It was my 14th birthday and I was sitting up in a tree balancing on a branch when I heard something behind me and turned my head just in time to catch a glimpse of a deer stopping behind a tree about forty yards away. I couldn't see it's head and it didn't move for about ten minutes. My neck was so sore from holding still with it twisted around as far as it would go it felt like it was on fire, but I was determined not to move. Finally the deer bolted out from behind the tree on a dead run. I saw it was a buck and just when it jumped over a log in a small opening about forty yards away I shot. I had a .257 Roberts with peep sights. It ran about ten more yards and stopped where all I could see was part of it's neck. I shot at what I could see and it took off running again.

I climbed out of the tree and took a look but couldn't find any blood or hair, so I started walking in the direction it had gone and I found some scuffed up leaves. It looked like the deer might have stumbled, then I saw some more scuffed up leaves and about twenty yards ahead the deer was laying there dead. I had hit it thru the lungs with the first shot but missed the neck shot. It had seven points---eastern count. Pretty good birthday present!
 

Elkhunter

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I remember it was a cold November morning. I had been hunting the hills of N.Y. behind our house for years and never even saw a buck. The sign was there and I was persistant. Someone told me to go and leave my knife and rope at home and I would surely see one. Well that is what I did. I was perched up in a tree on a branch for hours and had just finished a cigarette and a cup of coffee when I saw some movement out in the laurel. Sure enough it was a deer, better than that it was a buck, a spike, but a buck none the less. I remember after fireing my shotgun that I was so exited I nearly fell out of the tree. It ran about 100 yards and layed down once it hit the thicker laurel and was easy to find with all the blood that was there. Well I had a small picket knife on me to gut it with (I only left my big hunting knife home) and the work began. My brother-in-law was with me and the two of us struggled the rest of the day getting my first deer out. I remember I felt like I was on top of the world.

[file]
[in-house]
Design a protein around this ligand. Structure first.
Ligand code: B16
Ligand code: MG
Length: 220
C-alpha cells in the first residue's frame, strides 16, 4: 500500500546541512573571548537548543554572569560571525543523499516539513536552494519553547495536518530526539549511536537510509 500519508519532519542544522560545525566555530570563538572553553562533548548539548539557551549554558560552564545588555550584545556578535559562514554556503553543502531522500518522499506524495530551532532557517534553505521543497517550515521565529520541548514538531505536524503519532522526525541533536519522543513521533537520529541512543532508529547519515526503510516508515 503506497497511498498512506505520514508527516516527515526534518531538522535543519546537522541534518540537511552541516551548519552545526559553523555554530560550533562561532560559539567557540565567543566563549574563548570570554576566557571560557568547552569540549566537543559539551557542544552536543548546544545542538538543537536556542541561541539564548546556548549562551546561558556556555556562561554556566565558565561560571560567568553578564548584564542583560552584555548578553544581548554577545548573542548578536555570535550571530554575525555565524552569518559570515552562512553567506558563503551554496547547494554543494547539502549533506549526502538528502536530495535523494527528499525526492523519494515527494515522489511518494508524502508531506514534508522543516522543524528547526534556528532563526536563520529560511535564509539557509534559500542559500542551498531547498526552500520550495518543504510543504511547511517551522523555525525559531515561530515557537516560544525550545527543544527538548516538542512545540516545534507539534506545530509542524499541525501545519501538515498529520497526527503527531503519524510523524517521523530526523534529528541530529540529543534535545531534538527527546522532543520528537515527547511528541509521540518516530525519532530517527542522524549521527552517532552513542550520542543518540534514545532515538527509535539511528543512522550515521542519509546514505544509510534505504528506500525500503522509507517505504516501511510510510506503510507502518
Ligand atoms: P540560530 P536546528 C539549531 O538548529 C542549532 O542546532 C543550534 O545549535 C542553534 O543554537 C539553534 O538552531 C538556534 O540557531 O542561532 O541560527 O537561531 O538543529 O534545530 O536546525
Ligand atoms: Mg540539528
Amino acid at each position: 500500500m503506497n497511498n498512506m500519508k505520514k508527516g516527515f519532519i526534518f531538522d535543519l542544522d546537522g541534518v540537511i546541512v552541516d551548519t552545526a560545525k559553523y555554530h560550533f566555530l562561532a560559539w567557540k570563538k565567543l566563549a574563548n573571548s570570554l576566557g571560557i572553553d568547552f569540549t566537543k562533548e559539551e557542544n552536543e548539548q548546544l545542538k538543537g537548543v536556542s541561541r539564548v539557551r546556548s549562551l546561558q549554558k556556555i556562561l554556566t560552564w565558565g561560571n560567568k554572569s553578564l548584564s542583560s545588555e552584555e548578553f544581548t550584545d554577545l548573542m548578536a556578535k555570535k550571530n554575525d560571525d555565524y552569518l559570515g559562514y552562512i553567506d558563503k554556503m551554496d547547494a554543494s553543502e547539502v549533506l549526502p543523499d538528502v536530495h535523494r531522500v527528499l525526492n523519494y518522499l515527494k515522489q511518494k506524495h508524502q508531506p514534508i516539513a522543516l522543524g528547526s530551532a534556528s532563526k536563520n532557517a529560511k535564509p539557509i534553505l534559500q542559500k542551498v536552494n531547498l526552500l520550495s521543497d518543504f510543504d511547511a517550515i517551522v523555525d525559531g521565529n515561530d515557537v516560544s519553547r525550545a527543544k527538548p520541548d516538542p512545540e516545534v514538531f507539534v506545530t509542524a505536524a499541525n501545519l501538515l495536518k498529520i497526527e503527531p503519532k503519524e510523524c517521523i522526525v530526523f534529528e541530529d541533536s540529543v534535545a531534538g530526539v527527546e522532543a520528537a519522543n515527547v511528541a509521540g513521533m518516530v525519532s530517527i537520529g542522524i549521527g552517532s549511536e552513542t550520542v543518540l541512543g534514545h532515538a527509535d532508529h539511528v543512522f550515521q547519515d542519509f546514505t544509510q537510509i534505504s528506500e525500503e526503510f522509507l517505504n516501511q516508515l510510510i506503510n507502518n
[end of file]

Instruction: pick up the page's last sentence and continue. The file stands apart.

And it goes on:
ELKCHSR

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It was 1978!
I still have the little 3X blacktail rack on my wall. After quite a few years of empty tags(as is typical of Washington) A late predation hunt had been put on down in the Packwood area because of the number of deer present that year..